Respondent contends that in 1960 the superior court determined that payments due under the property settlement agreement and decree were in the nature of a division of property and hence not subject to later modification by court order. Undoubtedly the court in the 1960 proceeding concluded that the agreement was an integrated one and hence the support provisions of the decree were beyond the reach of a later court order. It does not follow, however, that the obligation created by the property settlement agreement was discharged by appellant's later bankruptcy.
Three types of property settlement agreements have been recognized in California. First, are agreements which contain ‘pure’ or severable provisions which provide for periodic payments in the nature of alimony. Payments agreed to in such provisions may be modified by subsequent court order (see former Civ.Code, s 139 as it stood in 1956, when the agreement was signed and approved; Plumer v. Plumer, 48 Cal.2d 820, 823—824, 313 P.2d 549; Roberts v. Roberts, 226 Cal.App.2d 507, 38 Cal.Rptr. 176) and may not be discharged in bankruptcy, because they are payments ‘for alimony due or to become due, or for maintenance or support of wife or child * * *.’ (11 U.S.C.A. s 35(a)(2); Yarus v. Yarus, 178 Cal.App.2d 190, 195—196, 3 Cal.Rptr. 50; Smalley v. Smalley, 176 Cal.App.2d 374, 375—376, 1 Cal.Rptr. 440, 74 A.L.R.2d 756.) Second, are agreements which contain provisions ordering periodic payments which are purely in the nature of a division of property. Such payments may not be modified by subsequent court order (see former Civ.Code, s 139, supra; Plumer v. Plumer, supra; Ettlinger v. Ettlinger, 3 Cal.2d 172, 177—178, 44 P.2d 540). They are regarded as a debt dischargeable in bankruptcy. (11 U.S.C.A. s 35(a)(2); Yarus v. Yarus, supra; Smalley v. Smalley, supra.)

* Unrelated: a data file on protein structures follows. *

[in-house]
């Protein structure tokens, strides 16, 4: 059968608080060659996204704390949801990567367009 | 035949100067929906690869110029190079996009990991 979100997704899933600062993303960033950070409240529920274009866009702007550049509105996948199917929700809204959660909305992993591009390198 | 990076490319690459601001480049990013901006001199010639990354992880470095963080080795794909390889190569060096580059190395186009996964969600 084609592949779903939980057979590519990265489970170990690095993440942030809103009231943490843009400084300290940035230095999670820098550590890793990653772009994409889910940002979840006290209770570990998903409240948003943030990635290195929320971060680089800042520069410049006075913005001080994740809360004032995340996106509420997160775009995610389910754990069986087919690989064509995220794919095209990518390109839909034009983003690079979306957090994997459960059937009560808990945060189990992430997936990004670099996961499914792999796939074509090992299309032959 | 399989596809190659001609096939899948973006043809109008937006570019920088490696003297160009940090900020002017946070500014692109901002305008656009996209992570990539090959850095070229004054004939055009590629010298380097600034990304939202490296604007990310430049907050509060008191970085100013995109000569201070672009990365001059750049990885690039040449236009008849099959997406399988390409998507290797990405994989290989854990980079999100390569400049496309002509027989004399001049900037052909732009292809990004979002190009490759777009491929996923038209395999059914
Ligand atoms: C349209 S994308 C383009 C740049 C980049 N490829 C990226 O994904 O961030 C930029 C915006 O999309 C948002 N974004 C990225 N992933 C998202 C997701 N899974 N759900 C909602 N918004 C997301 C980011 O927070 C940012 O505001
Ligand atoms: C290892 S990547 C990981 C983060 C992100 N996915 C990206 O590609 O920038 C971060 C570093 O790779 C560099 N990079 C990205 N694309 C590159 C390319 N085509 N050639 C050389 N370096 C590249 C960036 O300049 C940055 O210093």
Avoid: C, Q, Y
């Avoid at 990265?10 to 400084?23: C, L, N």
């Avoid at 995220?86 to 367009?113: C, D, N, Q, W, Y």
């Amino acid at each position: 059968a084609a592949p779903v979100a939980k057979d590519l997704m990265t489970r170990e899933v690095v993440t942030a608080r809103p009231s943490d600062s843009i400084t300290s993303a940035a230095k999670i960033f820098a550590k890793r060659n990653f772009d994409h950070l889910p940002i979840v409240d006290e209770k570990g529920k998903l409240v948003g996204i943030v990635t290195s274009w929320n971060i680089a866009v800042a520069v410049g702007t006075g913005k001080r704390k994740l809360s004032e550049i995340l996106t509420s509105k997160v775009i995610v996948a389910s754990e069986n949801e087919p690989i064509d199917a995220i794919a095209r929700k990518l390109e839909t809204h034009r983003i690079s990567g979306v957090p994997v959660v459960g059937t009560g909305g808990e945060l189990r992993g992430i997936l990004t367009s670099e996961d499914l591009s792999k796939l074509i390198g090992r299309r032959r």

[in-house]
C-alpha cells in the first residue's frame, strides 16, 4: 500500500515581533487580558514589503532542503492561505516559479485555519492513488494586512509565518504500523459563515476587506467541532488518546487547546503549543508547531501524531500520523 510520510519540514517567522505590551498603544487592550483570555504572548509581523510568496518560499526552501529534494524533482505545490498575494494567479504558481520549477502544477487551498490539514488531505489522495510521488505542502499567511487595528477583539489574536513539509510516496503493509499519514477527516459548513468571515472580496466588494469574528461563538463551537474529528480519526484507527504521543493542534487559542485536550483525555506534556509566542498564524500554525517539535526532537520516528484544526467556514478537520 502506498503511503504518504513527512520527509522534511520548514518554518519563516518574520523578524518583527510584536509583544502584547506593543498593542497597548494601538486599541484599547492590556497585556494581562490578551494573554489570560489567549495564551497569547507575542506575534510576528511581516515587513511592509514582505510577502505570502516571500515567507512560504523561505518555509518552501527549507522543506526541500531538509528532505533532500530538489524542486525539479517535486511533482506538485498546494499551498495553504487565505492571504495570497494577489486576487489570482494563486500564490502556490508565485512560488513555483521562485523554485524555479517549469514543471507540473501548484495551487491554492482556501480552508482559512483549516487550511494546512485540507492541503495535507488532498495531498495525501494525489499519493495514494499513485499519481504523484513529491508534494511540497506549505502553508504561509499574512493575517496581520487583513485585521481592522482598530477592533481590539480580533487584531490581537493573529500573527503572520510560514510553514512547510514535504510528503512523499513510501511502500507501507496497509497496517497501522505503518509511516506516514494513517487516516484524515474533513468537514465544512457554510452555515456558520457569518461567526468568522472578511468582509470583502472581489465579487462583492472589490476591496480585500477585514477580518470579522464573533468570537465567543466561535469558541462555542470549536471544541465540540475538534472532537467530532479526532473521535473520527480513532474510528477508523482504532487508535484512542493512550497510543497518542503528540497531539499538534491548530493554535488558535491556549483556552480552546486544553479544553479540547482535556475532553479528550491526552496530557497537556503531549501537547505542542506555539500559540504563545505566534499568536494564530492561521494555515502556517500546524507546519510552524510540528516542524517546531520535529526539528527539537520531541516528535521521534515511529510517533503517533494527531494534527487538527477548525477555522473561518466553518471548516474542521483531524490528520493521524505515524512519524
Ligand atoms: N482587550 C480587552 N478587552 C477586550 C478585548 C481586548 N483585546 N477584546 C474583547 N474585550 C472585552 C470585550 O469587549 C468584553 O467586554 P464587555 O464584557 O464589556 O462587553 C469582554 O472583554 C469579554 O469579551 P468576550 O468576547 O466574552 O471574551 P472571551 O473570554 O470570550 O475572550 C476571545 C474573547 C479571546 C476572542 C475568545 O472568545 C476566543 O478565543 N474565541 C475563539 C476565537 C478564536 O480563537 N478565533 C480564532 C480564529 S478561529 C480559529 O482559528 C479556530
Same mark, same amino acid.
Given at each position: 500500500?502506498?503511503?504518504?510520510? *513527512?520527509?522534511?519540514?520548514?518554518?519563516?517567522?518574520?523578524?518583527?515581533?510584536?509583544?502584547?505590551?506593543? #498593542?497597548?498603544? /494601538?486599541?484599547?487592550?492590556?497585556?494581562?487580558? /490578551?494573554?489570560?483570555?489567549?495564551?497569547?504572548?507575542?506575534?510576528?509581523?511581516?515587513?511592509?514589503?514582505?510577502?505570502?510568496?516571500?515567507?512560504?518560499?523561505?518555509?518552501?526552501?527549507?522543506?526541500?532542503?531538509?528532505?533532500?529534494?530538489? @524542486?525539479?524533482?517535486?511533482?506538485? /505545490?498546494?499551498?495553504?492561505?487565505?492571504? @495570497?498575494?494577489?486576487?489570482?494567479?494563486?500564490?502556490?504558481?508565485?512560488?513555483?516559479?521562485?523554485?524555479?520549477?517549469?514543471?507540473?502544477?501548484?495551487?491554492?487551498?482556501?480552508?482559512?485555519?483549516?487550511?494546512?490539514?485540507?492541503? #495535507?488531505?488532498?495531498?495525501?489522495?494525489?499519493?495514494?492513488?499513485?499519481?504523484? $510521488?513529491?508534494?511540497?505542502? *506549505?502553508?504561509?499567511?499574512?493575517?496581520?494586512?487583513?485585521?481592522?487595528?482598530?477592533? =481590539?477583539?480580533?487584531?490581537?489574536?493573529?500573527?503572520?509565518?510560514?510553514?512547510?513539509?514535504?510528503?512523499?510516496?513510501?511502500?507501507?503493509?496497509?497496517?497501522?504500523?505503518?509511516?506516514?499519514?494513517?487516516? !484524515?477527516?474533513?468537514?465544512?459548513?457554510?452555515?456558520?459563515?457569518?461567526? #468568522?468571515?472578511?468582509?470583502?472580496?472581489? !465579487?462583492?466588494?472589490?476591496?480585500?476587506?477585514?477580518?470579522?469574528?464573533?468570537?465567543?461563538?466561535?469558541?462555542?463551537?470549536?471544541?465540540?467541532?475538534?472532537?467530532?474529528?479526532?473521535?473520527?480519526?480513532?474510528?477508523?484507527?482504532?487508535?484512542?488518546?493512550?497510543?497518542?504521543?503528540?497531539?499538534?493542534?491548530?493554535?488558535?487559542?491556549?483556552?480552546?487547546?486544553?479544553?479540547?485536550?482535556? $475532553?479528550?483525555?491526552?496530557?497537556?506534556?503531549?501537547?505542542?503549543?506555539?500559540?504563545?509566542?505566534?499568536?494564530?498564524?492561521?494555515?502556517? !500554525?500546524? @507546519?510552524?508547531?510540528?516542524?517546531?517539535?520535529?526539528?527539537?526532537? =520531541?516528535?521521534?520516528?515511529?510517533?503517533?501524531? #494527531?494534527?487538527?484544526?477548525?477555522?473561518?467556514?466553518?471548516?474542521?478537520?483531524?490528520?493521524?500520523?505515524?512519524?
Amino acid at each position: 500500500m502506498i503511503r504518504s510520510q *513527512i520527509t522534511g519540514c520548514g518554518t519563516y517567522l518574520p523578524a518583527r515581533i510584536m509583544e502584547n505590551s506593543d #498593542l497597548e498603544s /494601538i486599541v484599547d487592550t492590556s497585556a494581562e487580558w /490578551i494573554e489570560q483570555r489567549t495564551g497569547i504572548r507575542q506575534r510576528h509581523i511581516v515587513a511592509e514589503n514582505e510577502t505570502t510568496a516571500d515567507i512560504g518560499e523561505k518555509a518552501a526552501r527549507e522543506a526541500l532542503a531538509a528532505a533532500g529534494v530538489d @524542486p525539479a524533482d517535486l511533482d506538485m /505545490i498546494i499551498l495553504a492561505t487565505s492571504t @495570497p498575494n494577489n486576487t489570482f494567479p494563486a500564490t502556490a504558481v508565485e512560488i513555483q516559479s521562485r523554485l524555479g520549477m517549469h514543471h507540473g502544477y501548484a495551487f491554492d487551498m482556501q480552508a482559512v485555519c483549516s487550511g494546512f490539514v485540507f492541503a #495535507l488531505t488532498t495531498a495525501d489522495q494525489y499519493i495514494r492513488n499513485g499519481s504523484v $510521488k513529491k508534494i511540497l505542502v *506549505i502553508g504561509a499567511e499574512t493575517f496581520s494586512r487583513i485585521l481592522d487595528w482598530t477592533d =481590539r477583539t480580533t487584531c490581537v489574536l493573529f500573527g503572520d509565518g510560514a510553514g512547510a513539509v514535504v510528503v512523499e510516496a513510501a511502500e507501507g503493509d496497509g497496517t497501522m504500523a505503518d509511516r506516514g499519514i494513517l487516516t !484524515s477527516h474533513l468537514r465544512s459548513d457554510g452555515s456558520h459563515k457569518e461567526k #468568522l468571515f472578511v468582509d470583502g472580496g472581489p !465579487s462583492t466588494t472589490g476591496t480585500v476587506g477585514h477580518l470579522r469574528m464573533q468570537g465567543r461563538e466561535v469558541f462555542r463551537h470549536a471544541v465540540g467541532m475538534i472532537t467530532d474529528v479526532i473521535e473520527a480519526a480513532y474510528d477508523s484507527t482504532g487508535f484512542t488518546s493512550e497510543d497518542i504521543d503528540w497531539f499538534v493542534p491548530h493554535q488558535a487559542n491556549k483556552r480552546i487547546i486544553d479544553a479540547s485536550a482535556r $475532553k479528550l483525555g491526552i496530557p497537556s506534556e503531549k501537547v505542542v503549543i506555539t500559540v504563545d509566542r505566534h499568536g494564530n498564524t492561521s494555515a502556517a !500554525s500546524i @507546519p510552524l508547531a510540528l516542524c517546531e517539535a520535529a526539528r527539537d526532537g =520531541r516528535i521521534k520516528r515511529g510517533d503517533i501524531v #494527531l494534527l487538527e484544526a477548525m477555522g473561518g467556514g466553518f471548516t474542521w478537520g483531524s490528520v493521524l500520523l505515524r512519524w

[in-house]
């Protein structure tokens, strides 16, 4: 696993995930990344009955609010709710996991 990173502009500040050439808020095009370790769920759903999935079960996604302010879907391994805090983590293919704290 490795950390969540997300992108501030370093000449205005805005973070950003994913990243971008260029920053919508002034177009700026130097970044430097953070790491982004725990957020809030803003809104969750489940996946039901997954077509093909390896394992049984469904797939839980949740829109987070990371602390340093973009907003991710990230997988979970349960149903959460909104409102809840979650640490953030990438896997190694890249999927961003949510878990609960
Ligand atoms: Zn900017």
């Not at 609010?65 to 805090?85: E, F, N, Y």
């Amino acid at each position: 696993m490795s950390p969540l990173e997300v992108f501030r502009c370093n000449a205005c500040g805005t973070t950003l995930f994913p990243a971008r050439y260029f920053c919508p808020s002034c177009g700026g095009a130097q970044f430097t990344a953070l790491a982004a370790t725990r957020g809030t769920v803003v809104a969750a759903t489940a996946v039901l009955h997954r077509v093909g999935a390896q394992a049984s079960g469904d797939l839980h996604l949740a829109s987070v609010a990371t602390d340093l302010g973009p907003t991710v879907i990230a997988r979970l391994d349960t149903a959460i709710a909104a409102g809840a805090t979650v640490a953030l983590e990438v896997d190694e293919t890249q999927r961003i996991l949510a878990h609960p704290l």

However, in Adams v. Adams, 29 Cal.2d 621, 177 P.2d 265, and subsequent cases, our Supreme Court has recognized a third and ‘hybrid’ type of agreement, in which the periodic payments are ‘integrated’ with the disposition of property rather than ‘severable’ from it, because the support provisions ‘constitute reciprocal consideration * * *’ for the division of property agreed upon. (Plumer v. Plumer, supra, 48 Cal.2d 820, 824, 313 P.2d 549; Dexter v. Dexter, 42 Cal.2d 36, 40, 265 P.2d 873; DiMarco v. DiMarco, 60 Cal.2d 387, 391—392, 33 Cal.Rptr. 610, 385 P.2d 2.)
In Dexter the court said that when ‘* * * the parties have made the provision for support and maintenance an integral part of their property settlement agreement, the monthly payments will ordinarily have a dual character. To the extent that they are designed to discharge the obligation of support and maintenance they will ordinarily reflect the characteristics of that obligation and thus have the indicia of alimony. (Citations.) On the other hand, to the extent that they represent a division of the community property itself, or constitute an inseparable part of the consideration for the property settlement, they are not alimony, and accordingly cannot be modified without changing the terms of the property settlement agreement of the parties.’ (Id., 42 Cal.2d at 41—42, 265 P.2d at 876; see also DiMarco v. DiMarco, supra.) Whether periodic payments agreed upon in an integrated property settlement agreement may be discharged in bankruptcy is the question before us in this case.